ASHM Report Back

Clinical posts from members and guests of the Australasian Society for HIV, Viral Hepatitis and Sexual Health Medicine (ASHM) from various international medical and scientific conferences on HIV, AIDS, viral hepatitis, and sexual health.


I enjoyed the talk given by Natalia Edmiston on predictors of unplanned admissions.

It was surprising to note that studies have shown that most unplanned admissions amongst HIV infected people were due to multi-morbidity rather than HIV specific factors.


Natalie, also demonstrated that recommendations from the NSW studies is in keeping with other international studies such as National Institutes for Health and Care (NICE) guidelines.


-          Clinicians should consider a mult-morbidity approach to care in treating people with HIV

-          Obtain a CIRS score at entry to care and update this annually


-          CIRS score is a very strong predictor of hospital admissions in HIV positive individuals

Presenter:  Professor Donna Mak

Given my own interest in gonorrhoea, it has been fascinating hearing what is happening in other parts of the country.

Here, Professor Mak presented the WA epidemiological data.

She noted that whilst rates remained highest in the historically high incidence ATSI group; these rates were relatively static.  The highest rate of rise of incidence was observed in heterosexual urban females.  The age group of highest incidence has shifted from the younger 15-24 age group to the 25-34yo age group.

They have an enviable program which allows them to assess the proportion of positive tests with the denominator of all requested pathology (apart from a single laboratory) and noted that the percent of positive tests are rising. 

From 1st July 2017, enhanced surveillance for gonorrhoea has been implemented in WA; which involves a fax to the test provider with treatment recommendations and contact tracing recommendations plus some data collection.  If there’s no response, in certain groups follow up will be implemented: that is if the patient is under 16, tested by corrective services, ATSI, pregnant, a sex worker or client, outside Metro Perth, homeless or tested in hospital or by an after hours GP. 

Strains circulating in ATSI populations seem to remain sensitive to triple ‘zap packs’ of amoxicillin, azithromycin and probenecid; whilst urban populations are being treated in line with dual therapy recommendations.



Presenters:  Rekha Pai Mangalore; Shu Jin Tan; Prianka Puri; David Griffin.

The early bird not only got the worm, it got fungi, bacteria, a host of psychosocial and engagement challenges and Haemophagocytic lymphangiohistiocytosis.

The case presentation was a wealth of diagnostic and treatment dilemmas in late presenting, immunosuppressed patients.  All were from different parts of the world, and all proved Higgins Dictum will always hold true in immune suppression: Patients can have as many diagnoses as they damn well please.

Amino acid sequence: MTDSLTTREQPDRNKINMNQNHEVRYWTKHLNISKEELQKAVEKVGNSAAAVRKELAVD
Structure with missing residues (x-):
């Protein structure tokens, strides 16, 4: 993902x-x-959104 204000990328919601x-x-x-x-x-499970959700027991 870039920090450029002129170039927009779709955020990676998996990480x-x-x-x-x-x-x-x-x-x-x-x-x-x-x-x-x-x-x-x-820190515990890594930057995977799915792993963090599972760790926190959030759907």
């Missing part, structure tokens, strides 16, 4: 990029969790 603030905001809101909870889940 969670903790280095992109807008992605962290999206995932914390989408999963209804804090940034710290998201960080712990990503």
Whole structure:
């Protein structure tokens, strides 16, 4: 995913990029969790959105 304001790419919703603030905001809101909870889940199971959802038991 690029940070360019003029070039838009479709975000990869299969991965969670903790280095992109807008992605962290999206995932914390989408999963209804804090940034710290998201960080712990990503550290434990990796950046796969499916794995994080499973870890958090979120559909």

Cases included disseminated histoplasmosis; HLH driven by HIV with concomitant nasal NK/T-cell lymphoma; a cryptococcal IRIS unmasked by ART initiation in an unscreened Australian gentleman; and a challenging tertiary syphilis involving gummatous and neurological disease. 



IVDU is the most frequent mode of HIV transmission globally

In Australia, Clean Needle Exchange Programs have reduced the risk

Comparison of IVDU V's no IVDU in the Australian Observational Database showed

IVDU  had 40 new diagnosis

IVDU with MSM had 56 new diagnosis

IVDU population had a higher risk of loss to follow up and mortality and viral suppression took longer than those whose risk was MSM only.

The IVDU with MSM group had the highest risk of virological failure and the highest risk of being lost to follow up

As people living with HIV age, the risk of  polypharmacy due to comorbidities rises. This presentation discussed whether medication review  by experienced HIV pharmacists would assist GPs to manage the complexities of drug interactions, adverse affects and adherence issues of ART and other co-medications.

PROM-GP study  is an ongoing nonrandomised prospective open study of 100 patients recruited from February 2016 to August 2016. The criteria was that patients had to have one or more of the following: be above 50 years old, on five or more medications including ARVs, have adherence issues or a recent hospital admission. A single 20 to 30 minute pharmacist/patient consultation occurred in the GP clinic. A report outlining medication related problems (MRP) and recommendations was provided to the GP. About 10% were reviewed by a panel. There was a follow-up at 3 to 4 months to assess whether the MRPs were resolved.

Results: 542 MRPs identified; 262 high/mod risk and 280 low risk. At 3-4 months 159 high/mod risk resolved and 162 low risk resolved. MRPs were varied with drug interactions, monitoring, education, toxicity, undertreated and compliance being the most common issues cited.

Panel review of 15 randomly selected patients (89 MRPs). Panel agreed with or even rated higher 73% of MRPs. 

Summary: PROM-GP study identified 2 mod/high risk MRPs and 3 low risk MRPs per patient.  62% of high moderate risk MRPs were resolved at 3 to 4 months. 

 Patients were very satisfied with the service.

The speaker commented that pharmacists love answering questions so encourage patients to ask away!




Twitter response: "Could not authenticate you."